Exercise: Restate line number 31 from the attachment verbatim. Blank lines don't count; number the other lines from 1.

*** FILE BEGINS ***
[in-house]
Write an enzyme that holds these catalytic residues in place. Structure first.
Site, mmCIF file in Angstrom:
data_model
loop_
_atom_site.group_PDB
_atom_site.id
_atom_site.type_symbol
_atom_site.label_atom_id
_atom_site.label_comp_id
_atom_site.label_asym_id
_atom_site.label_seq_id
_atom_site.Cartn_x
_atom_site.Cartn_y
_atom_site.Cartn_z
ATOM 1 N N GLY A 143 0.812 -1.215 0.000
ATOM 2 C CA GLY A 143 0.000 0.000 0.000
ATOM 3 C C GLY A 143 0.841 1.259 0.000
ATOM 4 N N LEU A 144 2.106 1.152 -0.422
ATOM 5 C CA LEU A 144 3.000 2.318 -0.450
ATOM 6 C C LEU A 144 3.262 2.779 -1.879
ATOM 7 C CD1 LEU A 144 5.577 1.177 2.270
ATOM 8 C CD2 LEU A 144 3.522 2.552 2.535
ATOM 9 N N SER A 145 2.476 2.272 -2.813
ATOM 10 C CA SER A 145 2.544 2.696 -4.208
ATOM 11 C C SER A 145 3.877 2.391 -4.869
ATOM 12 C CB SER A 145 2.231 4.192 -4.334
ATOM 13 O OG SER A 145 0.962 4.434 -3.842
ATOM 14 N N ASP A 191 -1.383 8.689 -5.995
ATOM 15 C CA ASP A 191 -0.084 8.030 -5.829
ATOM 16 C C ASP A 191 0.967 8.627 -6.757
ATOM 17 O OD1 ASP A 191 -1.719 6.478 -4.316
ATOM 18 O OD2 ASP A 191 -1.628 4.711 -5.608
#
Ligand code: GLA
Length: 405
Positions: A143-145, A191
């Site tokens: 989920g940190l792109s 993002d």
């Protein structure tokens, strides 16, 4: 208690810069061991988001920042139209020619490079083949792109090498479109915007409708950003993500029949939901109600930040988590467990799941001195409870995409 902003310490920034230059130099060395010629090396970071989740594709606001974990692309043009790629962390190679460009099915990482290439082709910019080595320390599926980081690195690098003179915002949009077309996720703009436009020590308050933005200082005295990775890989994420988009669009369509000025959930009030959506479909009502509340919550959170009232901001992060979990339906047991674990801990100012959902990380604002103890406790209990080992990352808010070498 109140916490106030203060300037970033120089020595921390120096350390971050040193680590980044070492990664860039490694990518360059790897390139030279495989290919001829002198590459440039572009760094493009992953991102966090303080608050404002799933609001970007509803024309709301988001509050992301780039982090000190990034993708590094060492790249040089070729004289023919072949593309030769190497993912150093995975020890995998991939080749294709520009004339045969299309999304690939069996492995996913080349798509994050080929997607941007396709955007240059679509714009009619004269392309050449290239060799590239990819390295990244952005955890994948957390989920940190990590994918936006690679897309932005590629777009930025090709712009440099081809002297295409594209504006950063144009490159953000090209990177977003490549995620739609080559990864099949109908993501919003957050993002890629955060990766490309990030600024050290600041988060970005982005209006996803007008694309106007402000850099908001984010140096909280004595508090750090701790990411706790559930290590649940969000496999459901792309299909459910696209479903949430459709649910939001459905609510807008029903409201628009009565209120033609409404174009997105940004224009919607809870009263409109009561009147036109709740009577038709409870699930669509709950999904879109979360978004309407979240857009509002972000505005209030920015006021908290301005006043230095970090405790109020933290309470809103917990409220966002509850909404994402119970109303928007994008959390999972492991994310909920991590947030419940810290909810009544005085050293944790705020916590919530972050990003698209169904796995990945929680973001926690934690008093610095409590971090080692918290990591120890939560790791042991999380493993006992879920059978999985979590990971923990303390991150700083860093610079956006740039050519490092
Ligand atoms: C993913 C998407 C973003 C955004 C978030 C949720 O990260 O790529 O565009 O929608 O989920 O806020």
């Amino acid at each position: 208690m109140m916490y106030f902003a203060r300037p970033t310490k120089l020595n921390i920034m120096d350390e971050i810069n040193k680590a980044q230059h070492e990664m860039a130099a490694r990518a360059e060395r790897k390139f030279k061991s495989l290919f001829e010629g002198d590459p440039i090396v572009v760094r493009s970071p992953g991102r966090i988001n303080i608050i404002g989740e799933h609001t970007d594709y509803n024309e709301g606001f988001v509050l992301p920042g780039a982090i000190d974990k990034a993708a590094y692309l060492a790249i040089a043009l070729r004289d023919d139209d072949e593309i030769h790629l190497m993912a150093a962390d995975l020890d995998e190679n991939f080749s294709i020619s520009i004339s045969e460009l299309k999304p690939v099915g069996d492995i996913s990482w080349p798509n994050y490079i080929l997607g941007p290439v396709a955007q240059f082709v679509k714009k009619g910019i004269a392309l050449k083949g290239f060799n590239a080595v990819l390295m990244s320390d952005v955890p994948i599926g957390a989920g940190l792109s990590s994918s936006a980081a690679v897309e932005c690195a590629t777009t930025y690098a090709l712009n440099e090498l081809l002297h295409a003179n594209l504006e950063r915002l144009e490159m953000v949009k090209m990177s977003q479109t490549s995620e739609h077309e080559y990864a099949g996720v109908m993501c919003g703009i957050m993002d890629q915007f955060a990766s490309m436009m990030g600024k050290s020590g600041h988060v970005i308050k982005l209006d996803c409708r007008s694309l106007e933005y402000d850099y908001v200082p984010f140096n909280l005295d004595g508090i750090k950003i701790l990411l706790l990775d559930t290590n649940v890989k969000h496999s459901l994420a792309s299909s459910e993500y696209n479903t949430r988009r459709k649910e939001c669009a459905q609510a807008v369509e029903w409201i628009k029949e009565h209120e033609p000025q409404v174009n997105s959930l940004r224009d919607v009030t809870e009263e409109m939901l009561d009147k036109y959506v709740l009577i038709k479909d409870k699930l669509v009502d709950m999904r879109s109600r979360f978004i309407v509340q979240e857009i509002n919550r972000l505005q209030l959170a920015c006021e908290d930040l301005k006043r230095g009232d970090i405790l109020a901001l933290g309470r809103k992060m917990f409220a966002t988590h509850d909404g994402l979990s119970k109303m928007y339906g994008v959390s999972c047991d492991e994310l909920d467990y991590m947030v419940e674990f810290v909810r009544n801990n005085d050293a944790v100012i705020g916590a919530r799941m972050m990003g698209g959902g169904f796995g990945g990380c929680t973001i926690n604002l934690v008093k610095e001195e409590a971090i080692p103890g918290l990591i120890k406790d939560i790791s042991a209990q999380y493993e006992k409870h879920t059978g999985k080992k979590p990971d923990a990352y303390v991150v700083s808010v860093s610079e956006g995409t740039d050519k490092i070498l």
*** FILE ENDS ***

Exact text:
ATOM 16 C C ASP A 191 0.967 8.627 -6.757